Topics

City/Town Government

Public Policy Inefficiencies Can Be a Feature, Not a Bug

Whether it’s removing market signals with a value-added tax or creating incentive to block new children through zoning, public policy shouldn’t remove its red flags and should seek to address original problems, not symptoms.


When “Our” Land Becomes the Government’s Land

The governments of Fall River and Tiverton are utilizing their property for reasons that show shifting property to government doesn’t ensure that it will always remain sacrosanct.


Larry Fitzmorris: Town Audit Covers Up Deficit

Portsmouth Concerned Citizens (PCC) alerts the public to a non-transparent adjustment that the town auditor made to make a deficit disappear without following the legal process.


Back to top



Civil Rights

A Resolution Against a Group That Threatens Our Rights

Senate progressives’ resolution condemning white nationalists seems uncomfortably like shouting at their reflection in a mirror.


Catholic Bishop to Smalanskas: Providence College at a Crossroads

Roman Catholic Bishop Thomas Tobin of Providence has written a letter to the Providence College student under attack for his pro-marriage bulletin board saying that the college must decide a path between Catholicism or being “just one more progressive, secular bastion of political correctness.”


Liberty Bytes: Michael Smalanskas Under PC Fire at PC


Back to top



Congress

A Gift to Rhode Island Families: The Federal ‘Tax Cuts & Jobs Act’

On behalf of the Center, I would like to wish you and your family a very Merry Christmas! Recently, Rhode Island families have received a gift… the “Tax Cuts & Jobs Act” has passed federally.


Political Monday with John DePetro, No. 38: RI Races for Governor and Senate

For my weekly call-in on John DePetro’s WNRI 1380 AM/95.1 FM show, this week, the topic was the 2018 campaign season, specifically the races for governor and U.S. Senate.

Open post for full audio.


Leaving Out the Key Number on the GOP Health Plan

Another GOP ObamaCare reform proposal, and another wave of studies and news reports that tilt the numbers so Americans can’t see how desperately necessary reform is.


Back to top



Culture & Family

Underlying Causes of Education Graduation Gaps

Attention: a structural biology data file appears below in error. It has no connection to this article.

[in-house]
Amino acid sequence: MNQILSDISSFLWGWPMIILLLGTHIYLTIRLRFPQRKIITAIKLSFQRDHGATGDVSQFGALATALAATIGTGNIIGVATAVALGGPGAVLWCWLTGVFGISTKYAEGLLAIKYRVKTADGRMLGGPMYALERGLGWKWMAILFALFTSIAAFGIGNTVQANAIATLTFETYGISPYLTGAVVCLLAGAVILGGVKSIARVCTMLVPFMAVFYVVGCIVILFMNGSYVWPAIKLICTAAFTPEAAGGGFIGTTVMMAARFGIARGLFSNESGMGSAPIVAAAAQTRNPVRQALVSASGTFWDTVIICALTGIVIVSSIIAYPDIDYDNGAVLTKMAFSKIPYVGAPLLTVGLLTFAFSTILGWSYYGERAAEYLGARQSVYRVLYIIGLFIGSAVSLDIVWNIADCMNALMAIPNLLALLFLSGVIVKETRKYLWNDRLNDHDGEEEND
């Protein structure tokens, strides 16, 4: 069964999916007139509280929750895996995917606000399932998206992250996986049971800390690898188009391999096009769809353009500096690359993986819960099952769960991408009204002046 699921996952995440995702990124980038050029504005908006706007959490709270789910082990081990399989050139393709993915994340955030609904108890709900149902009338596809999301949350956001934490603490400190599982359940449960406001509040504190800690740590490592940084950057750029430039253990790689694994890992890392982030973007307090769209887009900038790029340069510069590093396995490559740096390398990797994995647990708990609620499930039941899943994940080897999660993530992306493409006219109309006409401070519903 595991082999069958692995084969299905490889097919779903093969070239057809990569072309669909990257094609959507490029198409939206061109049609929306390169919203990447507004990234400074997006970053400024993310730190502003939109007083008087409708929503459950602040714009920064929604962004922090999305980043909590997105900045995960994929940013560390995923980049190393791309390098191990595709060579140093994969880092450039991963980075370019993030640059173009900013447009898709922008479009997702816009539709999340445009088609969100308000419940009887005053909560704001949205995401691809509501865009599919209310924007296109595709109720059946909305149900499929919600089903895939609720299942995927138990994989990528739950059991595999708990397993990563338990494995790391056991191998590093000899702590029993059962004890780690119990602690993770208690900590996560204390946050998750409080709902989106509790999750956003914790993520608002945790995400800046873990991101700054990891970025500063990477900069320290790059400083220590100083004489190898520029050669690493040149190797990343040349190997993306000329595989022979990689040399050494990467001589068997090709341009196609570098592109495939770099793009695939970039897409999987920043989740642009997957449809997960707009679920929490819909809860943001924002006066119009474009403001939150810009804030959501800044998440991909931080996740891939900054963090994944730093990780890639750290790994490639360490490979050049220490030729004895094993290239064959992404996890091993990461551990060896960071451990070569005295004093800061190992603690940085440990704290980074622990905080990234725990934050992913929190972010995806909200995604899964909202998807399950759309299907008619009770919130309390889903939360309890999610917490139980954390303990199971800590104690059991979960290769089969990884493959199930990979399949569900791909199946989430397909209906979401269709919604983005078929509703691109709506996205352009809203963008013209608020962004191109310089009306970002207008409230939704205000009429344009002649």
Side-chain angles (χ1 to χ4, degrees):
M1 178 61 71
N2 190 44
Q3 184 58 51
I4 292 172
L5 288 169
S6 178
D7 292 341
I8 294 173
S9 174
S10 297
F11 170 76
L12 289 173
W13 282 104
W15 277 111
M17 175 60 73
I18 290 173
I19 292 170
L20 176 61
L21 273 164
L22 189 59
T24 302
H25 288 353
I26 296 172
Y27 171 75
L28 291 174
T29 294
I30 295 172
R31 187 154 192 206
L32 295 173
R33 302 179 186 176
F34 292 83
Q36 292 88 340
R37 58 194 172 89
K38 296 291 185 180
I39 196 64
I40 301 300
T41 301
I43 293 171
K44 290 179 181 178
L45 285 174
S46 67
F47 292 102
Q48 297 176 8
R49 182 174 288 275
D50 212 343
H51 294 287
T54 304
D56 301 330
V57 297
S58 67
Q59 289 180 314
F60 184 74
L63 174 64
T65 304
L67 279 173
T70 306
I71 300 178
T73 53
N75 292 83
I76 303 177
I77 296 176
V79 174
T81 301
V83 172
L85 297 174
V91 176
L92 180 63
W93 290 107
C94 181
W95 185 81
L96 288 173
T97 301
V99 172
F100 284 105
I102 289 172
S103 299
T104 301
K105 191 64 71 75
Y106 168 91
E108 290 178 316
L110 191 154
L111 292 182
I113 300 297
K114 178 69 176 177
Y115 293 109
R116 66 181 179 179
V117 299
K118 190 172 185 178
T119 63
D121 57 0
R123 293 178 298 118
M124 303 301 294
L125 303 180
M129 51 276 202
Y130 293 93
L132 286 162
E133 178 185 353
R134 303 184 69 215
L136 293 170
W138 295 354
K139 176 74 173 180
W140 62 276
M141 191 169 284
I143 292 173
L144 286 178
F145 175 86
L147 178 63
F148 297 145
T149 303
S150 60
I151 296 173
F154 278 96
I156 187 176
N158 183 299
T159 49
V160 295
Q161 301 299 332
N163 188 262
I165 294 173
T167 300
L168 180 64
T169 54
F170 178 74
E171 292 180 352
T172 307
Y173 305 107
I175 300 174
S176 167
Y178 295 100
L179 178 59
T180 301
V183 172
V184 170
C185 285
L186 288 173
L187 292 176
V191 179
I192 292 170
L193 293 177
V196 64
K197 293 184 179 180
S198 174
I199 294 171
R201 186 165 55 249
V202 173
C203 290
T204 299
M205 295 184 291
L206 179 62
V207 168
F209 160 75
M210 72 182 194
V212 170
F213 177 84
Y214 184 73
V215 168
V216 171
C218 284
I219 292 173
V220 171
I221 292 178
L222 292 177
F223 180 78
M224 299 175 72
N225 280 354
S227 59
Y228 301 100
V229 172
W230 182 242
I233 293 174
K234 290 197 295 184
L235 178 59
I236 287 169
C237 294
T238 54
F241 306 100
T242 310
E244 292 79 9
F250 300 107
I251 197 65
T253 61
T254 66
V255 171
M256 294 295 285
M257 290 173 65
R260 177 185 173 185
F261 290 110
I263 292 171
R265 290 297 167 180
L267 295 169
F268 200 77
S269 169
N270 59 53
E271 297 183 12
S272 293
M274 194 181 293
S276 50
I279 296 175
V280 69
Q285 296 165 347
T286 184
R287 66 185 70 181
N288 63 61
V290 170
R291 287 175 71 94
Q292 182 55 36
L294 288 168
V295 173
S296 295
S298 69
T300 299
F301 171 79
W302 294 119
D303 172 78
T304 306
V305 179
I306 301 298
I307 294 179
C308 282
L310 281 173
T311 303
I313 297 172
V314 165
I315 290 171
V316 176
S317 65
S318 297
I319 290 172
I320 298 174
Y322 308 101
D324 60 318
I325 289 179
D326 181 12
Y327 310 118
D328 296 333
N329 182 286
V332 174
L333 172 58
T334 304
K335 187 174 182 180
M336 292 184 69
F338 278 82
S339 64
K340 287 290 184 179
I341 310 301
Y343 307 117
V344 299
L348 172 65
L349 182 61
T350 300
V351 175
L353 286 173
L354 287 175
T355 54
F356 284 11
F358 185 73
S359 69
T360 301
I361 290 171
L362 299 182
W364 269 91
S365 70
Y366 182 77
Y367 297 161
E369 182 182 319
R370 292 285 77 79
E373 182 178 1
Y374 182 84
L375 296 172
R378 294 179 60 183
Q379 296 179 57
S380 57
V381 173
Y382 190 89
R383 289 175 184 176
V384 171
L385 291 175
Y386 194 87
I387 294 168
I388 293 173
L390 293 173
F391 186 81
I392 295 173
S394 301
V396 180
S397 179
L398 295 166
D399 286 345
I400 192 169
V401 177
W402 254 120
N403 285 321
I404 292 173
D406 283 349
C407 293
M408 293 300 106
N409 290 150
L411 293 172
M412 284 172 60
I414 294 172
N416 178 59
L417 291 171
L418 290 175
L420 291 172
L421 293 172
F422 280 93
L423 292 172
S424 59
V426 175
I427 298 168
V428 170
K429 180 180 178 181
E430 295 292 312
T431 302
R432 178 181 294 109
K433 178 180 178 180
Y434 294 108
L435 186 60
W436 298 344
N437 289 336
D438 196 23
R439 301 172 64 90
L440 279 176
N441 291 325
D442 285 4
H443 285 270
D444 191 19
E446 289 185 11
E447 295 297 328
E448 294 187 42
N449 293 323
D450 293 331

A look at differences in graduation rates suggests that we’re not addressing the actual problems that our students face.


Michael Smalanskas: Looking for a Little Kindness from Dr. Michelle Cretella’s Protesters

A presentation on transgenderism by Dr. Michelle Cretella brought protesters to St. Pius V Catholic Church in Providence and taught lessons about tolerance and kindness.


GenX’s Asset Number One

As Baby Boomers set their eyes on Millennials and their efficiency toys, we’ll miss something important if we let GenX indulge in its loner inclinations.


Back to top



Economy

At Least Capitalism Can Be Only an Economic System

Comparisons of capitalism and collectivism are tedious when they assume that they are equal in purporting to provide meaning for people’s lives.


Public Policy Inefficiencies Can Be a Feature, Not a Bug

Whether it’s removing market signals with a value-added tax or creating incentive to block new children through zoning, public policy shouldn’t remove its red flags and should seek to address original problems, not symptoms.


GenX’s Asset Number One

As Baby Boomers set their eyes on Millennials and their efficiency toys, we’ll miss something important if we let GenX indulge in its loner inclinations.


Back to top



Education

Underlying Causes of Education Graduation Gaps

A look at differences in graduation rates suggests that we’re not addressing the actual problems that our students face.


Public Policy Inefficiencies Can Be a Feature, Not a Bug

Whether it’s removing market signals with a value-added tax or creating incentive to block new children through zoning, public policy shouldn’t remove its red flags and should seek to address original problems, not symptoms.


NAEP Scores: Another Unacknowledged Crisis in RI

The word “pleased” should not have appeared anywhere in the statement of Rhode Island Education Commissioner Ken Wagner upon release of 2017 scores on the National Assessment of Educational Progress (NAEP) test:

“Nationwide, results on the National Assessment of Educational Progress remained relatively flat, and we saw a similar trend in Rhode Island,” said state Education Commissioner Ken Wagner. “I’m pleased to see us perform better than the national average on fourth grade reading… I hope that our work around early literacy as part of the Third Grade Reading Challenge will speed up that progress going forward.”

That’s like being happy that your child is vomiting a little bit less than half the kids in the sick ward.  Never mind that his or her fever is slightly higher, his or her bleeding out of the eyes is slightly worse, and he or she is slightly more delirious than half the children.

According to the data, Rhode Island students don’t break the 40%-proficient mark in either 4th grade or 8th grade in either math or reading (or science or writing, for that matter).